Meeting Jan. 7, the Coopers Mills Dam Committee voted unanimously to remove the Coopers Mills Dam. The Whitefield Board of Selectmen upheld their recommendation at their Jan. 12 meeting, also voting unanimously to remove the dam.
The final decision on the dam’s removal now rest with voters at Whitefield’s annual town meeting in March. A public hearing on the issue is scheduled for Thursday, Jan. 21 at 7 p.m. at the Whitefield Elementary School.
For the past year, the Coopers Mills Dam Committee, formed by selectmen at the request of the Atlantic Salmon Federation, has met to discuss improving fish passage at the dam. The dam, in a deteriorating condition, is an essential element of fire safety in Coopers Mills, because it impounds water for a dry hydrant used by the fire department.
Due to the condition of the dam, however, the water level is too low for use during the summer months. After several meetings, the committee zeroed in on three proposals for the dam: removing it, repairing it, or leaving it alone.
The determining factor for the committee’s vote was fire safety. The committee did discuss an alternative proposal to repair the culverts at the dam so it could be used for year-round fire protection, according to Selectman Tony Marple, who served as a liaison to the committee.
That proposal, however, did not address the underlying issues with the deterioration of the site, and would have been a temporary fix, Marple said.
The proposal for the dam’s removal not only offered a new dry hydrant system that promises year-round fire protection, but also improvements at the site to commemorate its historical significance and improve its recreational use.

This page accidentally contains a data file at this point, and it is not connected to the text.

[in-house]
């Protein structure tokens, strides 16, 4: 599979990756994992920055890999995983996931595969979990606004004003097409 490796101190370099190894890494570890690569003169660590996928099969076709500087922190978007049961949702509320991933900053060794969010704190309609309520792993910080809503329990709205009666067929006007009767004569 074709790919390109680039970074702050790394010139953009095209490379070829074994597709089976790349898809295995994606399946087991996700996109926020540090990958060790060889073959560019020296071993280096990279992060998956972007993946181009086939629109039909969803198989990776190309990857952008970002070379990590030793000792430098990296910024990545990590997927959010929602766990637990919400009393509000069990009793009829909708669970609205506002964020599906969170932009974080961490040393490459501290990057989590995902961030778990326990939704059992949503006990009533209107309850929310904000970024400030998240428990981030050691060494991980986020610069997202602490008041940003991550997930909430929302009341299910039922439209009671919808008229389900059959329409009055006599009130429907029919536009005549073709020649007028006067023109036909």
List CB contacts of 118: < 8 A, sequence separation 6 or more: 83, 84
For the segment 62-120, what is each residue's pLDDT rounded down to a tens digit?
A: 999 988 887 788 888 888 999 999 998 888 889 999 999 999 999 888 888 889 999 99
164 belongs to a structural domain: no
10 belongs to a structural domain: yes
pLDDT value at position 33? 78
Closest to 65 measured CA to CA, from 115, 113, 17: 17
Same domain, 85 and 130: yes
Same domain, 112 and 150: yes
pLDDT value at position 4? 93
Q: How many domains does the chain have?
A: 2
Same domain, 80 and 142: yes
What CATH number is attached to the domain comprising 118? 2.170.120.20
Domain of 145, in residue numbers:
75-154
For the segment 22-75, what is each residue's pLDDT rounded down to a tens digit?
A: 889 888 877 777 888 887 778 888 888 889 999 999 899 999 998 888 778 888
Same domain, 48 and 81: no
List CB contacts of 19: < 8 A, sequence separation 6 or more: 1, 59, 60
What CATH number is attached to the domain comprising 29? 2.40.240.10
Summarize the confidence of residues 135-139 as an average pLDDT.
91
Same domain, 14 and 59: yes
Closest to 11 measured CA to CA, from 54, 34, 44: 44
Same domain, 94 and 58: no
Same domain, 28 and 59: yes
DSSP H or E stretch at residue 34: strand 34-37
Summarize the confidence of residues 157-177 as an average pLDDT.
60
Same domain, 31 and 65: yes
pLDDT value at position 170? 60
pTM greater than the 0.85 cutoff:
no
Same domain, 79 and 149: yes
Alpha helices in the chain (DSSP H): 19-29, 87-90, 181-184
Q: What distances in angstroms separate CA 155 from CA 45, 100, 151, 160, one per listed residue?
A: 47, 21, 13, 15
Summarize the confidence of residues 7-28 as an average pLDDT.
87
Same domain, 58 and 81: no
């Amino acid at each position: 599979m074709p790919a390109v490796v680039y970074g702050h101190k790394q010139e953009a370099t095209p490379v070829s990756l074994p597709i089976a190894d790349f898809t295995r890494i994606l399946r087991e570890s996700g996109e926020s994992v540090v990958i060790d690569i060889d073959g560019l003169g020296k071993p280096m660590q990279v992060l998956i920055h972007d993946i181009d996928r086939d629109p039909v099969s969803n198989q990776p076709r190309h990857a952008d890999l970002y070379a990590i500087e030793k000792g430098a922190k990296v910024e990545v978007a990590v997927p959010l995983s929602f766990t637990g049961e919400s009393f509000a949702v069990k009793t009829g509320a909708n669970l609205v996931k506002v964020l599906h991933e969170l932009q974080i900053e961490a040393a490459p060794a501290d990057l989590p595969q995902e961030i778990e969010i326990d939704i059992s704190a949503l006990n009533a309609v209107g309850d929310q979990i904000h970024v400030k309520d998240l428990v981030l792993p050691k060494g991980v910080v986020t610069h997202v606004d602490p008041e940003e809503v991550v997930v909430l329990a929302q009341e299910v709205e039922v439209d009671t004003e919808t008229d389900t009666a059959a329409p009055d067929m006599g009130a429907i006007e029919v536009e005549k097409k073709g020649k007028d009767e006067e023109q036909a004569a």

The new dry hydrant system places one dry hydrant at the dam site with two water sources for the fire department to access and a back-up dry hydrant site on the West Branch River in Windsor.
The Atlantic Salmon Federation will not only pay for the dam’s removal, the installation of the new dry hydrant system, and the improvements at the site, the federation will set up funds to be managed by the town to support the maintenance of the site and the dry hydrant system.
In the long-term, the dry hydrant system proposed by the Atlantic Salmon Federation promises to provide secure water access for the fire department, Marple said.
Ultimately, the committee voted unanimously for the dam’s removal, a recommendation which was unanimously supported by selectmen.
“Both the committee and the board thought it was a well thought-out proposal,” Marple said. “It’s a unique opportunity that may not be available in the future.”
In 2007, a warrant article to convey the Coopers Mills Dam to an outside agency so it could be remodeled to improve fish passage was defeated at town meeting. According to The Lincoln County News archives, voters were confused about the meaning of the warrant article.
Proposals to use the dam as a source of hydroelectric power, also, side-railed previous discussions about removing the dam, committee members said. According to Marple, the committee has researched using the Coopers Mills Dam as a source of hydroelectric power and found the proposal to not be feasible.
Marple said he does not anticipate opposition to the warrant article or the recommendation to remove the dam this time around, but the committee and board are providing opportunities for citizens to weigh-in on the recommendation.
Ultimately, the decision to remove the dam will rest with the citizens, Marple said.
A public hearing is scheduled in Whitefield Thursday, Jan. 21 at 7 p.m. at the Whitefield Elementary School.